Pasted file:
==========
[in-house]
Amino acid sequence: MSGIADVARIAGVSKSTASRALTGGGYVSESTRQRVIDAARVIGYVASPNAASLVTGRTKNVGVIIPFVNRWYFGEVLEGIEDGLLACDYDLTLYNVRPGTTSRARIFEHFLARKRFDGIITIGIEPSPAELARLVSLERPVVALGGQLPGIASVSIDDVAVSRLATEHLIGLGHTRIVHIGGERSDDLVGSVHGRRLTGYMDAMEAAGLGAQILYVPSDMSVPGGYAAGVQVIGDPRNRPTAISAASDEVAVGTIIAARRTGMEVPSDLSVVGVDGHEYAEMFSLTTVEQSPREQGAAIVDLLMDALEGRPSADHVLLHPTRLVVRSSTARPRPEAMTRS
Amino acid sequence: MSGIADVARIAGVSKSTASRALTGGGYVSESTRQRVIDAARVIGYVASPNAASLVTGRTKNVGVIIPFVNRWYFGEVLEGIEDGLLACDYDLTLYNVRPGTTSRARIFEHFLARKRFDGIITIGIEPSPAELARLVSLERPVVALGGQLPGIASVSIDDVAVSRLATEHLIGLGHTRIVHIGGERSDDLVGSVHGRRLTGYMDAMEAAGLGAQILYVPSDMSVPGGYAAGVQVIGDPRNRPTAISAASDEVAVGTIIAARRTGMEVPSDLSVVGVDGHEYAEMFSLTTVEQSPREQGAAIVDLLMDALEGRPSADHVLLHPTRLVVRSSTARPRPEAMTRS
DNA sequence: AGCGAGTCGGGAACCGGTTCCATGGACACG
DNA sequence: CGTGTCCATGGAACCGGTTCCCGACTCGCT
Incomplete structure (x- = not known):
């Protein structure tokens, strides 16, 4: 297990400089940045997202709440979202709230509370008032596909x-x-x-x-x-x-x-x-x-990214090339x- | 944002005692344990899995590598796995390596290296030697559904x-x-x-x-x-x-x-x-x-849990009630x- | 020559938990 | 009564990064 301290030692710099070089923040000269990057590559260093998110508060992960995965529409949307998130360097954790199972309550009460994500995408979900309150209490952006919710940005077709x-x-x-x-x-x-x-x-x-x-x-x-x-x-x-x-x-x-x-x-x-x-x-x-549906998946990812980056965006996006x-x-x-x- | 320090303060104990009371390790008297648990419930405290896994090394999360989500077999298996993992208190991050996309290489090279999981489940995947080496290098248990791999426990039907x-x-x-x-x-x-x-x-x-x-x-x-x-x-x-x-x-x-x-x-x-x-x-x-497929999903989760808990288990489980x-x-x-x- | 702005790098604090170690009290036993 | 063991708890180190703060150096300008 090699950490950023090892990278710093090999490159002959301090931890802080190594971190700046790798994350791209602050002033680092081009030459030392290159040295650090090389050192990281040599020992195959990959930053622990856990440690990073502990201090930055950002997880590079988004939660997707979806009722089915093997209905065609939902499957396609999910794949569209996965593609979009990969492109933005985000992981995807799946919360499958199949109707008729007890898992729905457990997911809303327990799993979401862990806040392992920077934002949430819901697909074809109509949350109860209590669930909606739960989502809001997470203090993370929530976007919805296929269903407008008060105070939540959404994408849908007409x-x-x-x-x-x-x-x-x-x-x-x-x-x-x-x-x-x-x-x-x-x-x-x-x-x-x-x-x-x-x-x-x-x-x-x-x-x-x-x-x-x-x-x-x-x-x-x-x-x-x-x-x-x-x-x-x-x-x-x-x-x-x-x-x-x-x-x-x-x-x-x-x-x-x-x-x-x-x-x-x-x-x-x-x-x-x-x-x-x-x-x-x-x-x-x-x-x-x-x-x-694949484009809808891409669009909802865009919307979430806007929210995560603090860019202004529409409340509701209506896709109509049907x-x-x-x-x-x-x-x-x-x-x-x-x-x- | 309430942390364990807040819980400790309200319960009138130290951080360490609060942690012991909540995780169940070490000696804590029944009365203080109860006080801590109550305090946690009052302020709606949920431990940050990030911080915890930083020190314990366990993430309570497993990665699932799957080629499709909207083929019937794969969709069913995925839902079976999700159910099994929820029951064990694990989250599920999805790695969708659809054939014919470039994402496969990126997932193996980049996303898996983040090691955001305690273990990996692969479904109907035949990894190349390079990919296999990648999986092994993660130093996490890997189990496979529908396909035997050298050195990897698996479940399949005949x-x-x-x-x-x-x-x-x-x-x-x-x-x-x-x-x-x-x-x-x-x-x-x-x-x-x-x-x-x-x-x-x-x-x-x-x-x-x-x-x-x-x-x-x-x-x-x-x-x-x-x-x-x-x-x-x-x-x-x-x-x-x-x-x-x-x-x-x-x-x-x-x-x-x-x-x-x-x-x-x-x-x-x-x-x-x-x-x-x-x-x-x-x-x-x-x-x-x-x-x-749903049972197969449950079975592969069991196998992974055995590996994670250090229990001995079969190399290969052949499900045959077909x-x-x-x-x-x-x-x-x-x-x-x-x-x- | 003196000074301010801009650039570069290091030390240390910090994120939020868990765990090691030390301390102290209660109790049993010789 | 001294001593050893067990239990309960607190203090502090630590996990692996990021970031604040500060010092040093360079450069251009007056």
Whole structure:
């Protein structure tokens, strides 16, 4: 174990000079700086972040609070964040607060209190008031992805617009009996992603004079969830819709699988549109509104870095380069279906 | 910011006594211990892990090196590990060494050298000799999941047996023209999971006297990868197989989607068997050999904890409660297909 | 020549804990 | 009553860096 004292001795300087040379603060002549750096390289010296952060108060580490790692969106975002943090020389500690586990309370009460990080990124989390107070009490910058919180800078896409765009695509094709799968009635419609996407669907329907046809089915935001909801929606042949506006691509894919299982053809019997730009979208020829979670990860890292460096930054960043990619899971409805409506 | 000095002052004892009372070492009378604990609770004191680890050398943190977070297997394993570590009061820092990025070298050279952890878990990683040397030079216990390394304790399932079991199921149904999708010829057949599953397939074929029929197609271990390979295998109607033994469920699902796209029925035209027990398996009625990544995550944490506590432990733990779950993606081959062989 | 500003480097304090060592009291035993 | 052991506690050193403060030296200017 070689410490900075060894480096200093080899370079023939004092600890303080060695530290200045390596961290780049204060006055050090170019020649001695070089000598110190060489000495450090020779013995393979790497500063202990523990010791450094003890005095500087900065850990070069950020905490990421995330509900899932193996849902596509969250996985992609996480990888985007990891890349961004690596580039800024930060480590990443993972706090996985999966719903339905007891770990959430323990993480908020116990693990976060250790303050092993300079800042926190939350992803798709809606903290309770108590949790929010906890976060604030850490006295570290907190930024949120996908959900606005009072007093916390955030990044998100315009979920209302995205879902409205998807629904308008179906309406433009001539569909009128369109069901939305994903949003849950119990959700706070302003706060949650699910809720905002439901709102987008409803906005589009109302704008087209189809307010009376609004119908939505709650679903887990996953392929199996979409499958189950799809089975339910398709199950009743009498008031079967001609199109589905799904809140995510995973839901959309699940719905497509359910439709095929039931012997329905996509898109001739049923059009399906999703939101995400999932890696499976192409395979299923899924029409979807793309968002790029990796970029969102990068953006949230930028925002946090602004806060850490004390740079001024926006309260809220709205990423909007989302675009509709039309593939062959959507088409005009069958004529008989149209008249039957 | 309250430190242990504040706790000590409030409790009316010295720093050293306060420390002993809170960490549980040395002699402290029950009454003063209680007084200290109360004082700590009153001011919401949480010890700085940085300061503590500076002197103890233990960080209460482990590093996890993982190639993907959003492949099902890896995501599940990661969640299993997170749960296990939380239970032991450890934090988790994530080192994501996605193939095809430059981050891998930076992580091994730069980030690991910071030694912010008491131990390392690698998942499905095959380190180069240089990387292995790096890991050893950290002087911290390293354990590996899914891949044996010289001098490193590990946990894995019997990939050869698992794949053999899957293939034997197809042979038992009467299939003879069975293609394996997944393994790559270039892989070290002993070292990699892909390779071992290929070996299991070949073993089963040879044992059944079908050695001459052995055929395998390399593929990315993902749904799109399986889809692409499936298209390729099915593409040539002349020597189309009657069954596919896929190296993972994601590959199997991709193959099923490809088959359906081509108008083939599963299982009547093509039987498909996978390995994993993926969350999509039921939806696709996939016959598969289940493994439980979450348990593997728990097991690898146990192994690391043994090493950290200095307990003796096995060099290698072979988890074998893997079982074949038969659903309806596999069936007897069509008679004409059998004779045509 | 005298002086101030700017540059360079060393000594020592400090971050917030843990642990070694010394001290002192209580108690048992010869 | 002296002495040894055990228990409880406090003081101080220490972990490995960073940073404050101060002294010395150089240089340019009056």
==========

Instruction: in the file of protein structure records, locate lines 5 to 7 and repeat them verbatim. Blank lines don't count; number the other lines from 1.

DNA sequence: CGTGTCCATGGAACCGGTTCCCGACTCGCT
Incomplete structure (x- = not known):
């Protein structure tokens, strides 16, 4: 297990400089940045997202709440979202709230509370008032596909x-x-x-x-x-x-x-x-x-990214090339x- | 944002005692344990899995590598796995390596290296030697559904x-x-x-x-x-x-x-x-x-849990009630x- | 020559938990 | 009564990064 301290030692710099070089923040000269990057590559260093998110508060992960995965529409949307998130360097954790199972309550009460994500995408979900309150209490952006919710940005077709x-x-x-x-x-x-x-x-x-x-x-x-x-x-x-x-x-x-x-x-x-x-x-x-549906998946990812980056965006996006x-x-x-x- | 320090303060104990009371390790008297648990419930405290896994090394999360989500077999298996993992208190991050996309290489090279999981489940995947080496290098248990791999426990039907x-x-x-x-x-x-x-x-x-x-x-x-x-x-x-x-x-x-x-x-x-x-x-x-497929999903989760808990288990489980x-x-x-x- | 702005790098604090170690009290036993 | 063991708890180190703060150096300008 090699950490950023090892990278710093090999490159002959301090931890802080190594971190700046790798994350791209602050002033680092081009030459030392290159040295650090090389050192990281040599020992195959990959930053622990856990440690990073502990201090930055950002997880590079988004939660997707979806009722089915093997209905065609939902499957396609999910794949569209996965593609979009990969492109933005985000992981995807799946919360499958199949109707008729007890898992729905457990997911809303327990799993979401862990806040392992920077934002949430819901697909074809109509949350109860209590669930909606739960989502809001997470203090993370929530976007919805296929269903407008008060105070939540959404994408849908007409x-x-x-x-x-x-x-x-x-x-x-x-x-x-x-x-x-x-x-x-x-x-x-x-x-x-x-x-x-x-x-x-x-x-x-x-x-x-x-x-x-x-x-x-x-x-x-x-x-x-x-x-x-x-x-x-x-x-x-x-x-x-x-x-x-x-x-x-x-x-x-x-x-x-x-x-x-x-x-x-x-x-x-x-x-x-x-x-x-x-x-x-x-x-x-x-x-x-x-x-x-694949484009809808891409669009909802865009919307979430806007929210995560603090860019202004529409409340509701209506896709109509049907x-x-x-x-x-x-x-x-x-x-x-x-x-x- | 309430942390364990807040819980400790309200319960009138130290951080360490609060942690012991909540995780169940070490000696804590029944009365203080109860006080801590109550305090946690009052302020709606949920431990940050990030911080915890930083020190314990366990993430309570497993990665699932799957080629499709909207083929019937794969969709069913995925839902079976999700159910099994929820029951064990694990989250599920999805790695969708659809054939014919470039994402496969990126997932193996980049996303898996983040090691955001305690273990990996692969479904109907035949990894190349390079990919296999990648999986092994993660130093996490890997189990496979529908396909035997050298050195990897698996479940399949005949x-x-x-x-x-x-x-x-x-x-x-x-x-x-x-x-x-x-x-x-x-x-x-x-x-x-x-x-x-x-x-x-x-x-x-x-x-x-x-x-x-x-x-x-x-x-x-x-x-x-x-x-x-x-x-x-x-x-x-x-x-x-x-x-x-x-x-x-x-x-x-x-x-x-x-x-x-x-x-x-x-x-x-x-x-x-x-x-x-x-x-x-x-x-x-x-x-x-x-x-x-749903049972197969449950079975592969069991196998992974055995590996994670250090229990001995079969190399290969052949499900045959077909x-x-x-x-x-x-x-x-x-x-x-x-x-x- | 003196000074301010801009650039570069290091030390240390910090994120939020868990765990090691030390301390102290209660109790049993010789 | 001294001593050893067990239990309960607190203090502090630590996990692996990021970031604040500060010092040093360079450069251009007056």